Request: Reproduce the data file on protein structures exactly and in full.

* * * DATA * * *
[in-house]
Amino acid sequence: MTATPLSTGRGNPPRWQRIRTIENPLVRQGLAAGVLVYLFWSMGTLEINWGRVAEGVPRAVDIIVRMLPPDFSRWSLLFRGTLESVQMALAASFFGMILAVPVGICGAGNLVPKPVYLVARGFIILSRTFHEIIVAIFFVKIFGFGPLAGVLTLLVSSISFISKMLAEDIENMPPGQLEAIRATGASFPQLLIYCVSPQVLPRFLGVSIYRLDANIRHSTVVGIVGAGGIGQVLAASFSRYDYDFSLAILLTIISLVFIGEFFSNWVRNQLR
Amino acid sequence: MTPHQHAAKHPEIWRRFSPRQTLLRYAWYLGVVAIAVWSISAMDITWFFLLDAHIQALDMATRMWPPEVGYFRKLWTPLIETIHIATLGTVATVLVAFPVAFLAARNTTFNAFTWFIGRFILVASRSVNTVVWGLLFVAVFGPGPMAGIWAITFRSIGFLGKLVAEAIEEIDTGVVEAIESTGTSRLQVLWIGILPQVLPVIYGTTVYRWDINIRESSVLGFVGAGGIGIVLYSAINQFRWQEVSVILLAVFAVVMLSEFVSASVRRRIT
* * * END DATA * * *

[in-house]
Amino acid sequence: MTATPLSTGRGNPPRWQRIRTIENPLVRQGLAAGVLVYLFWSMGTLEINWGRVAEGVPRAVDIIVRMLPPDFSRWSLLFRGTLESVQMALAASFFGMILAVPVGICGAGNLVPKPVYLVARGFIILSRTFHEIIVAIFFVKIFGFGPLAGVLTLLVSSISFISKMLAEDIENMPPGQLEAIRATGASFPQLLIYCVSPQVLPRFLGVSIYRLDANIRHSTVVGIVGAGGIGQVLAASFSRYDYDFSLAILLTIISLVFIGEFFSNWVRNQLR
Amino acid sequence: MTPHQHAAKHPEIWRRFSPRQTLLRYAWYLGVVAIAVWSISAMDITWFFLLDAHIQALDMATRMWPPEVGYFRKLWTPLIETIHIATLGTVATVLVAFPVAFLAARNTTFNAFTWFIGRFILVASRSVNTVVWGLLFVAVFGPGPMAGIWAITFRSIGFLGKLVAEAIEEIDTGVVEAIESTGTSRLQVLWIGILPQVLPVIYGTTVYRWDINIRESSVLGFVGAGGIGIVLYSAINQFRWQEVSVILLAVFAVVMLSEFVSASVRRRIT